Prior phosphocholination has a major effect on the rate of adenylylation of Rab1b by DrrA/SidM, with the kcat/Km value being reduced by >3 orders of magnitude. Phosphocholination of AMP‐Rab could only be observed by ESI‐MS after incubation with high concentrations of AnkX, again indicating a much reduced rate of reaction. Doubly modified Rab1 species were also not detected in AnkX transfected cells (Mukherjee et al, 2011). It therefore seems unlikely that Rab1 bearing both modifications plays a significant biological role.
The interaction of Rab1b with Rab effectors was not significantly modified by phosphocholination. This is different to the situation with AMP‐Rab, for which an interaction with MICAL‐3 could not be detected (Muller et al, 2010). In contrast, stable complexes are formed between LidA and both PC‐Rab and AMP‐Rab, although it is possible that the affinity is reduced in comparison with the picomolar affinity seen for the Rab1b:LidA complex (Schoebel et al, 2011).
The Rab1b–GDI interaction was profoundly inhibited by phosphocholination. Although it has not yet been reported, it seems likely that adenylylation has a similar effect when the interaction interface between Rab proteins and GDI is taken into consideration (Rak et al, 2003; Muller et al, 2010).
While it is not clear that all the effects described here are of biological significance, three of them are likely to be of major importance. The first of these is that the GDP‐bound form of Rab1 is a good substrate (better than the GTP‐bound form) for AnkX, which means that the phosphocholinated form of Rab1:GDP (or Rab35:GDP) could be produced on membranes. The second observation is that GDI cannot interact with PC‐Rab1, meaning that PC‐Rab1:GDP or PC‐Rab35:GDP would be trapped on the membrane, since extraction by GDI would not be possible. Finally, PC‐Rab:GDP trapped on membranes would not be able to exchange GDP for GTP under the influence of cellular GEFs, if we generalize the results obtained here and elsewhere (Mukherjee et al, 2011) on the inhibition of the interaction between Rab35 and connecdenn 1.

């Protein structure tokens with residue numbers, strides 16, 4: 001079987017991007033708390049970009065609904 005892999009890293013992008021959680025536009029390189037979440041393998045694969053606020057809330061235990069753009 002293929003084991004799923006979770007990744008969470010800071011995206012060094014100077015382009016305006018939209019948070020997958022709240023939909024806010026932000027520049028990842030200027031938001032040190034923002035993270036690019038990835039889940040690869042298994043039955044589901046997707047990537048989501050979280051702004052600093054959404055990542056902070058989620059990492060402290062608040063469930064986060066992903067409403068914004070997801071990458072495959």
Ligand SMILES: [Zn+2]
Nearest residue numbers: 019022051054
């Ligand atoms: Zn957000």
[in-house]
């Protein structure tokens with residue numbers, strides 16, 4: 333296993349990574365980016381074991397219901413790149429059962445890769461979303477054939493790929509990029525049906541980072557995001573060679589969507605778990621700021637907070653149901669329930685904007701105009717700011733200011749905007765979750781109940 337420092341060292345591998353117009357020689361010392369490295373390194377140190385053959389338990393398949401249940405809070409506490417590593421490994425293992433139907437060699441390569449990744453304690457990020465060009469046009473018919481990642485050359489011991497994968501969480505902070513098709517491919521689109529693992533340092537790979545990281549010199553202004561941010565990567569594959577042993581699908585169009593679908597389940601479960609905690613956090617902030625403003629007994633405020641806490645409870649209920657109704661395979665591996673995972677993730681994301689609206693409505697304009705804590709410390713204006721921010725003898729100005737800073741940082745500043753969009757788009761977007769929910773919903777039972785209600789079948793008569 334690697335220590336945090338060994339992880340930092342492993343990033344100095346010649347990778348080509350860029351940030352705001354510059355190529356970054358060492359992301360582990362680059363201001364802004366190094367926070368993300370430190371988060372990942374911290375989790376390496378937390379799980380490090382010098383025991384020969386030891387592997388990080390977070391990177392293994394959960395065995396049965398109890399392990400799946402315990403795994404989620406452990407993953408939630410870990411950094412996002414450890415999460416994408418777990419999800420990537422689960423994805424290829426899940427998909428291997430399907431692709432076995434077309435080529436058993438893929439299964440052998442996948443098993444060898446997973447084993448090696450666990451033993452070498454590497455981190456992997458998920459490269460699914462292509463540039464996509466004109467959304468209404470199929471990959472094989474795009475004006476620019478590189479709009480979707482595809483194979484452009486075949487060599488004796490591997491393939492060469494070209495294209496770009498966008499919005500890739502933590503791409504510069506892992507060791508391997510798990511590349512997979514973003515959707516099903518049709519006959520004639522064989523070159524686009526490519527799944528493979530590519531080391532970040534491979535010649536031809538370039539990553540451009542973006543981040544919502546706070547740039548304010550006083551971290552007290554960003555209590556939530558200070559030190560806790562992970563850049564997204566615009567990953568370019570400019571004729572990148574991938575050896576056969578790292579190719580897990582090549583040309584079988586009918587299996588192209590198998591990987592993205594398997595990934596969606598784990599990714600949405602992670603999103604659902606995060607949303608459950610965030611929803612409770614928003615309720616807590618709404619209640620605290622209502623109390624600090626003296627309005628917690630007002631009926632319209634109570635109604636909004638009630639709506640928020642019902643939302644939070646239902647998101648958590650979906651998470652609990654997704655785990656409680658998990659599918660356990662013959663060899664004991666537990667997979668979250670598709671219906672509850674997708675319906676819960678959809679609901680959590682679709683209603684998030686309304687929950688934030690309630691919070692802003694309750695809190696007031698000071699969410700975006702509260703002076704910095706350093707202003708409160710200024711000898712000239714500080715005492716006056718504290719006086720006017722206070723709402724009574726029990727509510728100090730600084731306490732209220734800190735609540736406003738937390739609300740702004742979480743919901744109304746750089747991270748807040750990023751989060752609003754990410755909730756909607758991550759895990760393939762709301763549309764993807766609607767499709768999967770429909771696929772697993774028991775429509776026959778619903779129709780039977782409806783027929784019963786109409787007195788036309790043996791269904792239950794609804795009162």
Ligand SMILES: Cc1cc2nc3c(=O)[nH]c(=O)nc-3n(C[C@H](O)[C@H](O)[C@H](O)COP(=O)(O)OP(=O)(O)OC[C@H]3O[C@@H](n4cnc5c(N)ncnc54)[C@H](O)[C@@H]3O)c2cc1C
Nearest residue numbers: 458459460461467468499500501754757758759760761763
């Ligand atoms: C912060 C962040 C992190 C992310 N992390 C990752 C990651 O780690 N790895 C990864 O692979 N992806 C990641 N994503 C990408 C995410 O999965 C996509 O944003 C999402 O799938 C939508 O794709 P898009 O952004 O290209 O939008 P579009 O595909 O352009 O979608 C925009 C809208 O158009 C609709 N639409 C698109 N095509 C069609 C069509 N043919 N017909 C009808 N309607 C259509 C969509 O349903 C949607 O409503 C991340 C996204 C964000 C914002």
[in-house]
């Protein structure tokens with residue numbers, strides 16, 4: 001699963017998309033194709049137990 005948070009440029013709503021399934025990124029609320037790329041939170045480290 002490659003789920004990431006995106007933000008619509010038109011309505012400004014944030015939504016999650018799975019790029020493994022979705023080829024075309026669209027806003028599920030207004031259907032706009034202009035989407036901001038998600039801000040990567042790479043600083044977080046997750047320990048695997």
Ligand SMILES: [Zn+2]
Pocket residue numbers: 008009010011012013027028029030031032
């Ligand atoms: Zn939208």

These results are incorporated into the model shown in Figure 9C. The starting off point in this model is the premise that Rabs with GDP bound are distributed between membranes and their cytosolic GDI‐bound form, and that they only become stably attached to a distinct membrane after GEF activity (physiological branch of the scheme in Figure 9C) (Schoebel et al, 2009; Wu et al, 2010a). If Rabs are phosphocholinated before exchange takes place, then the non‐physiological situation of a stably membrane‐bound but inactive Rab will be induced, preventing interaction with cellular effectors. If this occurs on specific membranes/vesicles, it will lead to inhibition of vesicular transport, for instance at the level of transport on microtubules, as reported (Pan et al, 2008). This effect would be made permanent if the native GEF activity is also inhibited, as shown for PC‐Rab35 and connecdenn 1. Obviously, the localization properties of AnkX would be of significance in the envisaged scenario. Details of the localization of AnkX are not yet known, despite at least two publications addressing this point (Pan et al, 2008; Mukherjee et al, 2011). The available evidence suggests that localization to endomembraneous structures after transfection of mammalian cells with AnkX, but early endosomes have been excluded as the site of localization.
In conclusion, as a working model, we suggest that phosphocholination of certain Rab proteins, including Rab1 and Rab35, occurs at specific membranes and leads to stable membrane attachment in a form (i.e., the GDP form) that cannot interact with cellular effectors. In contrast, interaction with the Legionella effector LidA would still be possible, since neither phosphocholination nor the presence of GDP rather than GTP bound to Rab inhibits the interaction with Rab1b (Schoebel et al, 2011). One of the features of Legionella infection is that vesicular material of ER origin is recruited by LCVs. Although the exact mechanism of this effect is not yet known, it is possible that the high‐affinity interaction of LidA with Rab1 (and indeed other Rabs) is involved in recruitment of such vesicles/transport compartments.